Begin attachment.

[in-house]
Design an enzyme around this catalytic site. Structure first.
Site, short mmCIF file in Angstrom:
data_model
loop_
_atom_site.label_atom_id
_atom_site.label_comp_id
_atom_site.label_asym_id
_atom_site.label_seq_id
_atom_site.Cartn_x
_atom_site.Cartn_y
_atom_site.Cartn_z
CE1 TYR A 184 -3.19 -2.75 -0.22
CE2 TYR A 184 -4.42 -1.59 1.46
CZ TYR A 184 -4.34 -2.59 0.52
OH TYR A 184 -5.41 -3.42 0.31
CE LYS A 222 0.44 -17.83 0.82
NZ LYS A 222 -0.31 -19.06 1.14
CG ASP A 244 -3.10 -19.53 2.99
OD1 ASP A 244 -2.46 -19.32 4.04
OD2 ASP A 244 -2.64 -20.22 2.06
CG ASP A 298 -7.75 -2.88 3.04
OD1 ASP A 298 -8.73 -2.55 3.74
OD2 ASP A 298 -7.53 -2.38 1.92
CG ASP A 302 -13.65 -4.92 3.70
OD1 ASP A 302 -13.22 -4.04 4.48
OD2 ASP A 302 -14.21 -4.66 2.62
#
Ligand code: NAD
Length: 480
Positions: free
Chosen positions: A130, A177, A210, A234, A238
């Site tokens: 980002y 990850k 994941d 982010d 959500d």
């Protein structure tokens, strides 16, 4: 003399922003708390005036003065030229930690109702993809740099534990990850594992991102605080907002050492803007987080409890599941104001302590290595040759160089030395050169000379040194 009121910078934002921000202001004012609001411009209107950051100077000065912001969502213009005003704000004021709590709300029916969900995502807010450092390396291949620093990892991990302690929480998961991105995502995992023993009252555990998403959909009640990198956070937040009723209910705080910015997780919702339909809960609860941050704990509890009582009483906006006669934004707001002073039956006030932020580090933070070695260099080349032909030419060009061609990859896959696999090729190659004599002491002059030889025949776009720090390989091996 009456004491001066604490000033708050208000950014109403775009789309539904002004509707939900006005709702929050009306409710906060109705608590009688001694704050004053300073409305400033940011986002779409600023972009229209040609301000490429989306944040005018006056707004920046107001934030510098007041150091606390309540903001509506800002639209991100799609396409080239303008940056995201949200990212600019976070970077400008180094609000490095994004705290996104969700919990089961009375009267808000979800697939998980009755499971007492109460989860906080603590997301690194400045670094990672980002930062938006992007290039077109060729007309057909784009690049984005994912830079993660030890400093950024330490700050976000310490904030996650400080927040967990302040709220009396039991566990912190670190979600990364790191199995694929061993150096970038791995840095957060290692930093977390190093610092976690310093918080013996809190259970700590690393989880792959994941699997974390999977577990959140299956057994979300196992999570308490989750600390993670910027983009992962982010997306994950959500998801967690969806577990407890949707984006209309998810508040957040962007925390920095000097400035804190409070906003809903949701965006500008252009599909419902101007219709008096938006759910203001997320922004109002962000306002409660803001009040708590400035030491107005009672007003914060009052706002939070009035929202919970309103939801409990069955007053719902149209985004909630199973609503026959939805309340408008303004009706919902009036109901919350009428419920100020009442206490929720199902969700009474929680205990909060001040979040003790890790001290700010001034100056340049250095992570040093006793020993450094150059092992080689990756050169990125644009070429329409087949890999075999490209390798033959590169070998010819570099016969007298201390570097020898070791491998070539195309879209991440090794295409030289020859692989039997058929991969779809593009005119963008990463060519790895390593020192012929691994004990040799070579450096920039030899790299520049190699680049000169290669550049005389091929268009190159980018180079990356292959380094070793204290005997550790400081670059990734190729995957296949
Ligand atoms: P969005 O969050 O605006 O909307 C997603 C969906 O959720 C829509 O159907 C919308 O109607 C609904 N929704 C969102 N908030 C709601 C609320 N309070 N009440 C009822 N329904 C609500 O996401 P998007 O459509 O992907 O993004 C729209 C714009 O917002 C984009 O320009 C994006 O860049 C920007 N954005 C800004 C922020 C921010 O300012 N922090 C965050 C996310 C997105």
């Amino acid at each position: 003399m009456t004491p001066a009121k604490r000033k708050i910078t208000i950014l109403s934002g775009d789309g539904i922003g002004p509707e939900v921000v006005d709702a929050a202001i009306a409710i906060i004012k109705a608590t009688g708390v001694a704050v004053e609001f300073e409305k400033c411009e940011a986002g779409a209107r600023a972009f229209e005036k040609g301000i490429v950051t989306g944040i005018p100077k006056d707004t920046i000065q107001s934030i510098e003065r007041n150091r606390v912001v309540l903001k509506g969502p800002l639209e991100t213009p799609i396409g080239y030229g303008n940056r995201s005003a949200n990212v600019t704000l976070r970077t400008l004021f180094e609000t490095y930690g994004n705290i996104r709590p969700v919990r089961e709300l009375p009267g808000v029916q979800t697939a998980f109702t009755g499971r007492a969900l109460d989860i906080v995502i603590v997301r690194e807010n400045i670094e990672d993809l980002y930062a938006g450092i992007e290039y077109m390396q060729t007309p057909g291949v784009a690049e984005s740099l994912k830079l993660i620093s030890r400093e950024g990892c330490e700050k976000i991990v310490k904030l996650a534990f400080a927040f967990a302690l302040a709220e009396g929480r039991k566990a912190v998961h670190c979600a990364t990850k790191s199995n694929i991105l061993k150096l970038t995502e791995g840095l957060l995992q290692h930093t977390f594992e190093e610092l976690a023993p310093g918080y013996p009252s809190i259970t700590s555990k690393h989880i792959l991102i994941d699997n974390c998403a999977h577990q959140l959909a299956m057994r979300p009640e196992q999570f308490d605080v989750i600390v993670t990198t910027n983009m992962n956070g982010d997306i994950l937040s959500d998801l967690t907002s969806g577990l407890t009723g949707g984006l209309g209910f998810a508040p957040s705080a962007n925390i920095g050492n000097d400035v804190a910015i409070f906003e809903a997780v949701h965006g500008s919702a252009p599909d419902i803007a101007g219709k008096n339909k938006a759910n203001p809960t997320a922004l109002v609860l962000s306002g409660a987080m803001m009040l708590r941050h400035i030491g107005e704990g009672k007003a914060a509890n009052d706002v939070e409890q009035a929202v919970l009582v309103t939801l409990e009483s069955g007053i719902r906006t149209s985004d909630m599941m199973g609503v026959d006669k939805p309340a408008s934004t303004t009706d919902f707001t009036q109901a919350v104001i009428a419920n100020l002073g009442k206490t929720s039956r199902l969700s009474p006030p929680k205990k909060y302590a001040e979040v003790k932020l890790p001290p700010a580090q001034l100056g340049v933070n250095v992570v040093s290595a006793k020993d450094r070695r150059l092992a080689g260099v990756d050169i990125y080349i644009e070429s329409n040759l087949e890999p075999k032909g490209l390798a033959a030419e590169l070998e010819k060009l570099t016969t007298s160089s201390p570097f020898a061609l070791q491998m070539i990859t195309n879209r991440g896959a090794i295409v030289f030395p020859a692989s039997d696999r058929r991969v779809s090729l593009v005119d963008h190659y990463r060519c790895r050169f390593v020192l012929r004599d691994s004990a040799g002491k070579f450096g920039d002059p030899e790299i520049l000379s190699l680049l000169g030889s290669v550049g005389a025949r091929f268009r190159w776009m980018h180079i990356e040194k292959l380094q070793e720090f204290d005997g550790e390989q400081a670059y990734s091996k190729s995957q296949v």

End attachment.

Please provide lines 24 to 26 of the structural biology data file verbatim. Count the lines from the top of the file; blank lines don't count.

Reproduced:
OD2 ASP A 298 -7.53 -2.38 1.92
CG ASP A 302 -13.65 -4.92 3.70
OD1 ASP A 302 -13.22 -4.04 4.48